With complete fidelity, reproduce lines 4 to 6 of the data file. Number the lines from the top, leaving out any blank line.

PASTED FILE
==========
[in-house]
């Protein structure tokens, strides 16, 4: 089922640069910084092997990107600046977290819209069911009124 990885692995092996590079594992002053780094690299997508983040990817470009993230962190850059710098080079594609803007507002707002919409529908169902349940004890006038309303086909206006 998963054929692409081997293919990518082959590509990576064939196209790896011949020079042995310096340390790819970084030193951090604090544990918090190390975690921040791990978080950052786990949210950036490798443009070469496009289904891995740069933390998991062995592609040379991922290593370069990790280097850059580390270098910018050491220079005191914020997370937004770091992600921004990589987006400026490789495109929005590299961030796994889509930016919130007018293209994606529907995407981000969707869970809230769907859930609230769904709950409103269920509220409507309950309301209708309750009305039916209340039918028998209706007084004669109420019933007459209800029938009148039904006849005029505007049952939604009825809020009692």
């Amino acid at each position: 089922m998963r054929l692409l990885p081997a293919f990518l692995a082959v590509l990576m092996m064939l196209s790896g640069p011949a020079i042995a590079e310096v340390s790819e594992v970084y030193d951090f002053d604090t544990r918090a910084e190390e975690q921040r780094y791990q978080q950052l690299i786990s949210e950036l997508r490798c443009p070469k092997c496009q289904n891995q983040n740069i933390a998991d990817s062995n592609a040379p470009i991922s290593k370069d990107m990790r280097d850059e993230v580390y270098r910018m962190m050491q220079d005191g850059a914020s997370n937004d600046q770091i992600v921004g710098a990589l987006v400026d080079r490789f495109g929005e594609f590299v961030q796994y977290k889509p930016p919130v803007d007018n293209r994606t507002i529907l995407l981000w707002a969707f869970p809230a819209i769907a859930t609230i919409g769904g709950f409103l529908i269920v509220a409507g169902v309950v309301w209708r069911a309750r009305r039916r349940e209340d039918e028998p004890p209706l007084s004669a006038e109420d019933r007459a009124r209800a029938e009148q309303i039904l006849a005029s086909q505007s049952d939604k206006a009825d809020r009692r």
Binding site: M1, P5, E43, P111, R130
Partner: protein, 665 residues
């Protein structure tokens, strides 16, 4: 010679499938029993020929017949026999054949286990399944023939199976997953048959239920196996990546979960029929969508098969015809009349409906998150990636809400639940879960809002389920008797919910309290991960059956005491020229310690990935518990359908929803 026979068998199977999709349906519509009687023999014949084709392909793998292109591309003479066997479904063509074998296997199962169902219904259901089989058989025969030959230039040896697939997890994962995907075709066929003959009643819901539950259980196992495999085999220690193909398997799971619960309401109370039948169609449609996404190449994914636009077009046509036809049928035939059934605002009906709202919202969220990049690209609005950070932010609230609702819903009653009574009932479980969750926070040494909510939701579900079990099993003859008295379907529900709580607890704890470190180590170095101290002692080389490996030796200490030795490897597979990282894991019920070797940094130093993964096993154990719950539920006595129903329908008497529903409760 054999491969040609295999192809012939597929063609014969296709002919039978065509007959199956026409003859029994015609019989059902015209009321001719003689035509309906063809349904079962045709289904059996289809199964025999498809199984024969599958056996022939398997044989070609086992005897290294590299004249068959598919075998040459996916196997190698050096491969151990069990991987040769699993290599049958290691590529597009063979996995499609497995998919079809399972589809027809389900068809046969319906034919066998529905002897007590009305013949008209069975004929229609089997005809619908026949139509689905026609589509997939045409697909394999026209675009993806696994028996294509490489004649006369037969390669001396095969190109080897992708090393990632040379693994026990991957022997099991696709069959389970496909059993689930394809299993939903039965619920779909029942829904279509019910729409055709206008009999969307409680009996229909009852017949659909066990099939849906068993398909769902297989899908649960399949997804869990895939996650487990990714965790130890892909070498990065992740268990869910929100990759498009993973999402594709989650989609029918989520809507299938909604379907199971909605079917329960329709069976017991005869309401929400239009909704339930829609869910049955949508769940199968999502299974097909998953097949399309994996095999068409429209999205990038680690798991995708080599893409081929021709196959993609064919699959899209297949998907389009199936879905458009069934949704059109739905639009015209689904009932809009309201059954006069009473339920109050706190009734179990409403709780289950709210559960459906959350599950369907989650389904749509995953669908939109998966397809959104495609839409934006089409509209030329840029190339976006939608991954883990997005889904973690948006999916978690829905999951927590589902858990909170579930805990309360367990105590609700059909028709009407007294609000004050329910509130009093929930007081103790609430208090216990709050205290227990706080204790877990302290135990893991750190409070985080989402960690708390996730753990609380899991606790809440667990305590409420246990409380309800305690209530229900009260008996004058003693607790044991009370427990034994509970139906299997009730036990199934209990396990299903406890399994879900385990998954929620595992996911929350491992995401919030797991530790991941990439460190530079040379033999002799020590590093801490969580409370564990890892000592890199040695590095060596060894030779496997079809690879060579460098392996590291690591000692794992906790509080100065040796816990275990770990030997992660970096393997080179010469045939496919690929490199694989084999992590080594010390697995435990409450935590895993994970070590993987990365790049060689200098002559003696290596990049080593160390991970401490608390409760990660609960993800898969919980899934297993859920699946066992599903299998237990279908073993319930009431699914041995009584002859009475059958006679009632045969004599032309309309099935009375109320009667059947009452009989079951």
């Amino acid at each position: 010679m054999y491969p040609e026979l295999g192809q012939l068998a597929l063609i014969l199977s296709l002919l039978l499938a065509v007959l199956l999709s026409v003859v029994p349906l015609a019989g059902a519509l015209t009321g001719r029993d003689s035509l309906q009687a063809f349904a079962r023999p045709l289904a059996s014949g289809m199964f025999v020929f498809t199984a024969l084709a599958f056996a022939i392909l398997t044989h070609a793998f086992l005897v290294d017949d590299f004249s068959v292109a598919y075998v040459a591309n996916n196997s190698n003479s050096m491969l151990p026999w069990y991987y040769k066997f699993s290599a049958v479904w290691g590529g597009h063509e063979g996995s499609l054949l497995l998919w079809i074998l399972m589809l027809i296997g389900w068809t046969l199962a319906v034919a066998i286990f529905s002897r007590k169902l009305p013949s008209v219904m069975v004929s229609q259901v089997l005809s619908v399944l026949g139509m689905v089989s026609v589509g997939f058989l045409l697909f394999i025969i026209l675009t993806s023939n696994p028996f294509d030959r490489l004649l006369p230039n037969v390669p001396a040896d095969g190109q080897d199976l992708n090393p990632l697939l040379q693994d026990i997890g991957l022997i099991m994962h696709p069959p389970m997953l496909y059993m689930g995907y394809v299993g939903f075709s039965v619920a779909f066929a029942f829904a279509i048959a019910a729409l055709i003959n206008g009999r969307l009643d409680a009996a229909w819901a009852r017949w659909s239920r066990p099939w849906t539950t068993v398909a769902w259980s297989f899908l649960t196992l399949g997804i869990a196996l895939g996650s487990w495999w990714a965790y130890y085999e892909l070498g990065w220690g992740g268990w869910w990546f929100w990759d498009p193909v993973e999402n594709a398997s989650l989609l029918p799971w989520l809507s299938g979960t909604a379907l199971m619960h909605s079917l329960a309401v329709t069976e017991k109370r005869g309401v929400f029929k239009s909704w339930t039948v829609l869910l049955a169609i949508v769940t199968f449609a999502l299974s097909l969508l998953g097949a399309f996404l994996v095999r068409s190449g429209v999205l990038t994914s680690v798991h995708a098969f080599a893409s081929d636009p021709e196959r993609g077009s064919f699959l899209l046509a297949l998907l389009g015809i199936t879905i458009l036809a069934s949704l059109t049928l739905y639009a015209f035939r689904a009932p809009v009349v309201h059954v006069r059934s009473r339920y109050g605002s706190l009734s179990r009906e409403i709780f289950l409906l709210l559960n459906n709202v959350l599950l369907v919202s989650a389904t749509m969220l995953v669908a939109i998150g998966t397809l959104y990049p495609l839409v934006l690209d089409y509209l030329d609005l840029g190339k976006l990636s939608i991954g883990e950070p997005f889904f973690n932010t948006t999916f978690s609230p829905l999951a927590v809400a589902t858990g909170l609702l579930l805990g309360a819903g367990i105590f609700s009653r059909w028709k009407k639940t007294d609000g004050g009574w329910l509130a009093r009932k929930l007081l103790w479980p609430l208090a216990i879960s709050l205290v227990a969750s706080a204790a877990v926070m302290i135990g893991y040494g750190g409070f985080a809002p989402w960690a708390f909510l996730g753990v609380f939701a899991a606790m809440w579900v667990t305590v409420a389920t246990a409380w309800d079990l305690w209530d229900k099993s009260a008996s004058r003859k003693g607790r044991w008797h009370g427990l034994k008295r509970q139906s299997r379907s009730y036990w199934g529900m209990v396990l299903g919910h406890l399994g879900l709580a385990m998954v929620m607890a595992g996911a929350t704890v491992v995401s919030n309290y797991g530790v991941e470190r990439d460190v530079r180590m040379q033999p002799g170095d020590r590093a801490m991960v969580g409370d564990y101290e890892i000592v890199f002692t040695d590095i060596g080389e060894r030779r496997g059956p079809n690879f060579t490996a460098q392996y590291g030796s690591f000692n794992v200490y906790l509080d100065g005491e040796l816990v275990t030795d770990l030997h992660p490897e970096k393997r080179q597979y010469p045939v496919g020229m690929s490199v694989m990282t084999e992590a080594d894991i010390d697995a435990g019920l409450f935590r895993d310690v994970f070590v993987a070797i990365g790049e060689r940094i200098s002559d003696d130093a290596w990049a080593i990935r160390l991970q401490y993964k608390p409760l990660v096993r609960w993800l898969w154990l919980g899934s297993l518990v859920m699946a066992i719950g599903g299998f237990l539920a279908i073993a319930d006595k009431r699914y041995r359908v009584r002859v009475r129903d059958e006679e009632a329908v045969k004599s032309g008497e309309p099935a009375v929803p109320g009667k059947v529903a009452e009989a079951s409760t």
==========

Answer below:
Binding site: M1, P5, E43, P111, R130
Partner: protein, 665 residues
């Protein structure tokens, strides 16, 4: 010679499938029993020929017949026999054949286990399944023939199976997953048959239920196996990546979960029929969508098969015809009349409906998150990636809400639940879960809002389920008797919910309290991960059956005491020229310690990935518990359908929803 026979068998199977999709349906519509009687023999014949084709392909793998292109591309003479066997479904063509074998296997199962169902219904259901089989058989025969030959230039040896697939997890994962995907075709066929003959009643819901539950259980196992495999085999220690193909398997799971619960309401109370039948169609449609996404190449994914636009077009046509036809049928035939059934605002009906709202919202969220990049690209609005950070932010609230609702819903009653009574009932479980969750926070040494909510939701579900079990099993003859008295379907529900709580607890704890470190180590170095101290002692080389490996030796200490030795490897597979990282894991019920070797940094130093993964096993154990719950539920006595129903329908008497529903409760 054999491969040609295999192809012939597929063609014969296709002919039978065509007959199956026409003859029994015609019989059902015209009321001719003689035509309906063809349904079962045709289904059996289809199964025999498809199984024969599958056996022939398997044989070609086992005897290294590299004249068959598919075998040459996916196997190698050096491969151990069990991987040769699993290599049958290691590529597009063979996995499609497995998919079809399972589809027809389900068809046969319906034919066998529905002897007590009305013949008209069975004929229609089997005809619908026949139509689905026609589509997939045409697909394999026209675009993806696994028996294509490489004649006369037969390669001396095969190109080897992708090393990632040379693994026990991957022997099991696709069959389970496909059993689930394809299993939903039965619920779909029942829904279509019910729409055709206008009999969307409680009996229909009852017949659909066990099939849906068993398909769902297989899908649960399949997804869990895939996650487990990714965790130890892909070498990065992740268990869910929100990759498009993973999402594709989650989609029918989520809507299938909604379907199971909605079917329960329709069976017991005869309401929400239009909704339930829609869910049955949508769940199968999502299974097909998953097949399309994996095999068409429209999205990038680690798991995708080599893409081929021709196959993609064919699959899209297949998907389009199936879905458009069934949704059109739905639009015209689904009932809009309201059954006069009473339920109050706190009734179990409403709780289950709210559960459906959350599950369907989650389904749509995953669908939109998966397809959104495609839409934006089409509209030329840029190339976006939608991954883990997005889904973690948006999916978690829905999951927590589902858990909170579930805990309360367990105590609700059909028709009407007294609000004050329910509130009093929930007081103790609430208090216990709050205290227990706080204790877990302290135990893991750190409070985080989402960690708390996730753990609380899991606790809440667990305590409420246990409380309800305690209530229900009260008996004058003693607790044991009370427990034994509970139906299997009730036990199934209990396990299903406890399994879900385990998954929620595992996911929350491992995401919030797991530790991941990439460190530079040379033999002799020590590093801490969580409370564990890892000592890199040695590095060596060894030779496997079809690879060579460098392996590291690591000692794992906790509080100065040796816990275990770990030997992660970096393997080179010469045939496919690929490199694989084999992590080594010390697995435990409450935590895993994970070590993987990365790049060689200098002559003696290596990049080593160390991970401490608390409760990660609960993800898969919980899934297993859920699946066992599903299998237990279908073993319930009431699914041995009584002859009475059958006679009632045969004599032309309309099935009375109320009667059947009452009989079951």